Thursday 14 July 2016

Stormy weather displaces many birds

I left Oman on July 5th and won't be returning to work there next year. I will be within the MENA (Middle East North Africa) region and I will confirm where soon. I will be birding at my new destination you can be assured.

I have thoroughly enjoyed my time in Oman based in Salalah both at work and while birding.

My last two birding days are recorded here and they were quite special. It was good to go out with a bang. 

They were special because of the weather and its effects on bird movements.

The khareef (monsoon) arrived early and heavy in Salalah this year and caused some consequences I hadn't anticipated. 

One consequence was that the birds were deserting the mountains. The higher reaches are covered in fog and are cool.

juvenile golden winged grosbeak

One important bird that has come down is Arabian golden winged grosbeak. They are flocking at the lowest wooded areas just above the plain. 

So at Ayn Hamran I counted 26 birds while there. The country record is 28 also at Ayn Hamran and also in July.

adult Arabian golden winged grosbeak

Two days before Neil Tovey and Saeed Shanfari had seen 10 at near-by Wadi Kheesh.

another juvenile Arabian golden winged grosbeak

The birds at Ayn Hamran were both adults and first year birds.

a third juvenile Arabian golden winged grosbeak

I was pleased to see the stream at Ayn Hamran is already full with water so early in the season. It will be a bumper year to make up for last's year's poor khareef.

Ayn Hamran

Other birds at Ayn Hamran included grey-headed kingfisher which looks vivid in the greyness of the day.

grey-headed kingfisher

The blackstart below shows how wet some of the birds are getting and helps explain the altitudinal changes.

blackstart at Ayn Hamran

Last July Saeed Shanfari found Yemen Serin at Wadi Kheesh. This species shuns the heat and keeps to Tawi Atair sinkhole during most of the year. However it appears to wander down in the cooler khareef season.

male cinnamon-breasted bunting

Hundreds if not thousands of cinnamon-breasted bunting have come down the hills. They have, on average, descended further than the Arabian golden winged grosbeak.

They can be found on the plains now and even in the city. At Raysut settling pools Neil Tovey and I counted no fewer than 120.  Even in winter you are lucky to find one there.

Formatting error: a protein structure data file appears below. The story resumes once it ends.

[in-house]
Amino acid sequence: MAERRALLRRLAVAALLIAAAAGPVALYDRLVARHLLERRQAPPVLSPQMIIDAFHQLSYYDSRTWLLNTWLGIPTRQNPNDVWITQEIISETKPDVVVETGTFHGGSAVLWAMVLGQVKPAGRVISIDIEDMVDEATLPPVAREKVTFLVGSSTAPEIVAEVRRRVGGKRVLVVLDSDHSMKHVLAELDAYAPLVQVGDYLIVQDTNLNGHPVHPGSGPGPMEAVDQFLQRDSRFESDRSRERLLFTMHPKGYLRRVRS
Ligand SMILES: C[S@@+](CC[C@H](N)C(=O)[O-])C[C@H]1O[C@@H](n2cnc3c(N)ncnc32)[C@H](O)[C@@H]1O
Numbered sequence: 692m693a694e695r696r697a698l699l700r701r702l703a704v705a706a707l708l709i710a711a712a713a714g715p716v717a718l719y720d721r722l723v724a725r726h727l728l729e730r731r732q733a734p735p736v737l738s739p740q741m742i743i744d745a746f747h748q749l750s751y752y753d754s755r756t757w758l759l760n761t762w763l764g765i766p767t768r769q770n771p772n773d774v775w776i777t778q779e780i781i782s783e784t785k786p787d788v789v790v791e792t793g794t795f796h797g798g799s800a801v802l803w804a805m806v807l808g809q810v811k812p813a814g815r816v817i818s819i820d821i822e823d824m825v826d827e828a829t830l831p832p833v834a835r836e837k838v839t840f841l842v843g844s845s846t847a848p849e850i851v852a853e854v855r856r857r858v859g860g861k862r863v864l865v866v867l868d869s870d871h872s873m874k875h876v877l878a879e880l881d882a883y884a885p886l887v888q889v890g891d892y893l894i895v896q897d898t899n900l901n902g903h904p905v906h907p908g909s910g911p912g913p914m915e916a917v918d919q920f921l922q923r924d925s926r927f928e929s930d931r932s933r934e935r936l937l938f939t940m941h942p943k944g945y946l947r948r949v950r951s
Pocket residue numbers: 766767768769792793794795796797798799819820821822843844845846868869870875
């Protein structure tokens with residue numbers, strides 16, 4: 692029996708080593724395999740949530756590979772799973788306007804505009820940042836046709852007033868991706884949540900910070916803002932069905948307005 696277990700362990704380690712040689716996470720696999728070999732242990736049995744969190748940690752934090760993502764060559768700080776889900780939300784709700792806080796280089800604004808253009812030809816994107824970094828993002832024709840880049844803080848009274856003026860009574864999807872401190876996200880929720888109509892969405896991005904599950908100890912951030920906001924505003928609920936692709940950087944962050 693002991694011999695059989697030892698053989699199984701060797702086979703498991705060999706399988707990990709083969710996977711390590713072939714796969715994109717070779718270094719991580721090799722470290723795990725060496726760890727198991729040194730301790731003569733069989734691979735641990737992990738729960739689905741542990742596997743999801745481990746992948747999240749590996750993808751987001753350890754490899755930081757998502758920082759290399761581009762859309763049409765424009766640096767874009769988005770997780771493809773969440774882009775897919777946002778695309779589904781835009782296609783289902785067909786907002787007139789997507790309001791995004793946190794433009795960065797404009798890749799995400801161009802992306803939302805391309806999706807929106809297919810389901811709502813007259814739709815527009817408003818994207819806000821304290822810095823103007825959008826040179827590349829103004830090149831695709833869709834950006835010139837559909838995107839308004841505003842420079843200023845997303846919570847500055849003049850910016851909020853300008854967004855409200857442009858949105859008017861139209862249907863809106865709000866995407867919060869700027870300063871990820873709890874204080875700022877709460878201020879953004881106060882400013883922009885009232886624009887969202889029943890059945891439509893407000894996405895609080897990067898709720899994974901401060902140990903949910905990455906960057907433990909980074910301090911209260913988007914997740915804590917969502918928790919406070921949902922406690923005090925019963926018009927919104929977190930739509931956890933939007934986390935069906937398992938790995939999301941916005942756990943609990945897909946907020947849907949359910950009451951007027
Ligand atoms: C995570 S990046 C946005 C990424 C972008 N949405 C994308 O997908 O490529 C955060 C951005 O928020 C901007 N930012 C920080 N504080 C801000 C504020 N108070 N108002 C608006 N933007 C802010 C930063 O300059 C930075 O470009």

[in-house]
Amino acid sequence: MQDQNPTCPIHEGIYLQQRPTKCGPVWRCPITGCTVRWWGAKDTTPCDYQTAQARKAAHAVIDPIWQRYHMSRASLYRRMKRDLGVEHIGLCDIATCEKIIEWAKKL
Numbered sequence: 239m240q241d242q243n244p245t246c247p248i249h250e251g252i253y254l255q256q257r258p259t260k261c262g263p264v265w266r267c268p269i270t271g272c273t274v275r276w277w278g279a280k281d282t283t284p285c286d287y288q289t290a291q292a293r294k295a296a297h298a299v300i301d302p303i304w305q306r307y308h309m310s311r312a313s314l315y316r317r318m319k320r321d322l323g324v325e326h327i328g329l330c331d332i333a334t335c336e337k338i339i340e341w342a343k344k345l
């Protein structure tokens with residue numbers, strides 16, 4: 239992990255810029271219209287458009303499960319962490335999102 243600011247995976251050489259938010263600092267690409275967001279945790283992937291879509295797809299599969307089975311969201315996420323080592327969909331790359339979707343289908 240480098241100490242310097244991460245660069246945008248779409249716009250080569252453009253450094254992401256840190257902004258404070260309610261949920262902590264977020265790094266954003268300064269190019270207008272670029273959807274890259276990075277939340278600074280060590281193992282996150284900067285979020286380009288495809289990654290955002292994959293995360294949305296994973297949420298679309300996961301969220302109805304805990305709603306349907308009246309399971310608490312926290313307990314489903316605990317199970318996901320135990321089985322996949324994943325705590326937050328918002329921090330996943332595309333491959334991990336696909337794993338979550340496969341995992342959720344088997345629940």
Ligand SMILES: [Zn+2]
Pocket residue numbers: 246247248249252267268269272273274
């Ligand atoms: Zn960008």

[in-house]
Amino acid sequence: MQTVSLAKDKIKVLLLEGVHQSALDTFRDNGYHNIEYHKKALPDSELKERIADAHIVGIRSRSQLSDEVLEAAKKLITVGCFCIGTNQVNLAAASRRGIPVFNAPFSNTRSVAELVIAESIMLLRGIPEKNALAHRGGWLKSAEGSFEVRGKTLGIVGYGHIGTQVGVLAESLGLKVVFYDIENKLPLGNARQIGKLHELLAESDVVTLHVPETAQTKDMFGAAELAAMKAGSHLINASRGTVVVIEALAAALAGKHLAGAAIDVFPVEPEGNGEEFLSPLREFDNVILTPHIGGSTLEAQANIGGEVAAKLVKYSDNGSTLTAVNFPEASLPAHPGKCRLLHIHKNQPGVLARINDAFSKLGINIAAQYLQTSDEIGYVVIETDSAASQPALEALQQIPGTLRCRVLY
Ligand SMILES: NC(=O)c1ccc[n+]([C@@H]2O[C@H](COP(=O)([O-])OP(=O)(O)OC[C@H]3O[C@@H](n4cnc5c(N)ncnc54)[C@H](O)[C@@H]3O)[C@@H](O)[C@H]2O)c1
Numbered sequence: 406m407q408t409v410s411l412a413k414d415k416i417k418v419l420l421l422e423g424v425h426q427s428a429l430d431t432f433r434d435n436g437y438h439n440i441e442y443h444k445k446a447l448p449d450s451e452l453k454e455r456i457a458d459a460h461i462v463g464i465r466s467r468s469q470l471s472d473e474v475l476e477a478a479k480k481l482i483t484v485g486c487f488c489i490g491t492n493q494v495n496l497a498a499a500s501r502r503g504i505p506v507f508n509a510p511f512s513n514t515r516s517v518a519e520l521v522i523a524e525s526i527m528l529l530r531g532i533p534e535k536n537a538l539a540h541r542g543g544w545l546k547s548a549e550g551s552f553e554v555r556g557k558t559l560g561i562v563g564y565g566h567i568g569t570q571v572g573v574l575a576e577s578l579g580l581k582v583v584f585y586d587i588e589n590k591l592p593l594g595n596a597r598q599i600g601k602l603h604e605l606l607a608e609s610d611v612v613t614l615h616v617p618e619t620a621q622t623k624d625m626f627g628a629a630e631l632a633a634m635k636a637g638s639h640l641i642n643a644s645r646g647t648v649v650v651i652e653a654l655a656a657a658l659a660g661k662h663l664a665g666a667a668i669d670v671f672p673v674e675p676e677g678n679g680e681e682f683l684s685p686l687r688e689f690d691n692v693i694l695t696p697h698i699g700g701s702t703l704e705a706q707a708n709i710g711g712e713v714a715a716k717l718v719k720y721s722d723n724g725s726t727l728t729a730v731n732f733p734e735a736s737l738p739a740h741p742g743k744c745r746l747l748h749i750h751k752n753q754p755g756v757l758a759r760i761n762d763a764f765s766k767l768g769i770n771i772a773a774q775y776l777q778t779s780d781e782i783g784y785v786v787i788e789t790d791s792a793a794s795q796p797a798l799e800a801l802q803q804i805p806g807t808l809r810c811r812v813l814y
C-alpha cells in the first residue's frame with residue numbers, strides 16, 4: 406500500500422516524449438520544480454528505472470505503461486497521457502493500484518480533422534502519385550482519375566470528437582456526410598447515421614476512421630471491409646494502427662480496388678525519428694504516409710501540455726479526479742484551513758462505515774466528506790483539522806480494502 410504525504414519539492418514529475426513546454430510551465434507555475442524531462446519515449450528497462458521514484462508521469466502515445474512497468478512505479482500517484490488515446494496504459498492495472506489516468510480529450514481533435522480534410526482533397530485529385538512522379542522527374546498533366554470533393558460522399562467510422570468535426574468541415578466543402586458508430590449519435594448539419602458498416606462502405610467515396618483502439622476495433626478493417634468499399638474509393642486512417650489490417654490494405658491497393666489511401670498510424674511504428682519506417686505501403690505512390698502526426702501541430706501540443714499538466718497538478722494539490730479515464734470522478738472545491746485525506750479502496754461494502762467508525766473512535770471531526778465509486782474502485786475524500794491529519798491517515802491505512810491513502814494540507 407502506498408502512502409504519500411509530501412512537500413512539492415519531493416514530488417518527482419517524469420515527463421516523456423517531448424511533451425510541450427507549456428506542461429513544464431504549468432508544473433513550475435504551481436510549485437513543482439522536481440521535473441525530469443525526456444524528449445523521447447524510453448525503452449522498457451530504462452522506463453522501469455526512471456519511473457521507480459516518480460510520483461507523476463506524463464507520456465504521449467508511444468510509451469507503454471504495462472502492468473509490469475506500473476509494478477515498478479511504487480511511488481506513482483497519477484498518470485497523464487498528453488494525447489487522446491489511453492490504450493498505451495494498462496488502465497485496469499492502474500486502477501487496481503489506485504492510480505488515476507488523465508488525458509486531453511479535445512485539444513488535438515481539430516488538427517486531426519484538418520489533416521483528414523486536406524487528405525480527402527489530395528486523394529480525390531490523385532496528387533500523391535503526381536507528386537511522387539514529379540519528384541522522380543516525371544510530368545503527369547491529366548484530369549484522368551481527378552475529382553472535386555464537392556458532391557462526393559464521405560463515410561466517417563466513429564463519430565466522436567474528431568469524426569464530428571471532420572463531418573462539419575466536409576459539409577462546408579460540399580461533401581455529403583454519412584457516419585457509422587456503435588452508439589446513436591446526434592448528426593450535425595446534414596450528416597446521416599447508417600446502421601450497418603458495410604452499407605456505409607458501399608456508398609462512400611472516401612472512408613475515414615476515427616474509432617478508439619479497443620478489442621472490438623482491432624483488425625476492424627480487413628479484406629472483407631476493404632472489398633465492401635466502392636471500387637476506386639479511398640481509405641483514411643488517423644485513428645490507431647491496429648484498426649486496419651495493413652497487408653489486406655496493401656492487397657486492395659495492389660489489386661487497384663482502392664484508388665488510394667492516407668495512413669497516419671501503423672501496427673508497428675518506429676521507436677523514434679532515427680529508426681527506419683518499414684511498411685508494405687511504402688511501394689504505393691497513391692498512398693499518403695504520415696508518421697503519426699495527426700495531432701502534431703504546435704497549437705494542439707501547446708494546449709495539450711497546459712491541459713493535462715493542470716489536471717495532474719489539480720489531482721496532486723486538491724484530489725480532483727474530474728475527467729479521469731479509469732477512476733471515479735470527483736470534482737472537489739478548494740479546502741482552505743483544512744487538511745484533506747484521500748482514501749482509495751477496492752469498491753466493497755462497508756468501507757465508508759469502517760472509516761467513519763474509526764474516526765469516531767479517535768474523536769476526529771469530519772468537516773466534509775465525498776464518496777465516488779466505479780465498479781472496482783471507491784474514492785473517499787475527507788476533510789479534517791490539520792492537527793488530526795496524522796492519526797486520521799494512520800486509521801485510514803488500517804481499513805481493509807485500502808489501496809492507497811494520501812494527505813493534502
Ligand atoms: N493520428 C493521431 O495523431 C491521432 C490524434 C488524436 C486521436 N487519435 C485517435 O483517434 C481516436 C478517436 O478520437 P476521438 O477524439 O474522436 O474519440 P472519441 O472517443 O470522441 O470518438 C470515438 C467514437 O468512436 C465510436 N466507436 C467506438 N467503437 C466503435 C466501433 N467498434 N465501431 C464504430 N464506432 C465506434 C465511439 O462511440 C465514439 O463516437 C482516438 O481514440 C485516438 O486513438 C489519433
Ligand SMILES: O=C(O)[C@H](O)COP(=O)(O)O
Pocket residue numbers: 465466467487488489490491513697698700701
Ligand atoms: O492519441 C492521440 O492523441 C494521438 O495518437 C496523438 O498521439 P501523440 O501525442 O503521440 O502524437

cinnamon-breasted bunting face on

Different species have descended to different places. At Ayn Razat there are huge numbers of laughing dove and Tristram's starling.

three species at Ayn Razat

Incidentally Ayn Razat is always a good place in summer to see dideric cuckoo probably because of the high concentration of Ruppell's weaver there.

the mountains above Ayn Razat

In the picture above you can see how foggy the hills are.

gardens at Ayn Razat

The gardens at Ayn Razat were greening up very quickly.

One altitudinal movement I really hadn't expected was first spotted by Neil Tovey who came over from Kuwait and birded with me for a couple of days.

Fan-tailed raven had arrived in Raysut having vacated the mountain cliffs and uplands.

fan-tailed raven at Raysut

Later I also saw them in north Saadah district too where they were attracted to the tallest building.

two fan-tailed raven at Raysut

At Raysut they seem to be roosting at the top of the cement factory and feeding at the rubbish dump. This is the same pattern as two types of stork in winter.

The weather also brought some birds into shore to escape the stormy seas.

With Neil, we visited Raysut cliffs and thanks to Neil's sharp eye and spotting scope, I added sooty shearwater to my Oman list. Subject to a rarity report this is only the eighth record in the country.

red-billed tropicbird

As well as many Wilson's storm petrel, there were red-billed tropicbird, Persian shearwater and Jouanin's petrel also to be seen.

Neil briefly spotted a Swinhoe's storm petrel on our joint visit but I failed to see it.

I am grateful to his advice to try again. Indeed on the afternoon of July 4th on my very last birding session in Oman, I returned to the cliffs armed only with a fold-up chair, binoculars and a bridge camera.

record shot of Swinhoe's storm petrel

I soon picked up a Swinhoe's storm petrel barely 300 metres from the shore. In the end I saw three. They rarely come this close but the weather was clearly a factor.

Swinhoe's storm petrel became bird 332 on my Oman list at the death. It was a fitting end to two years in Oman.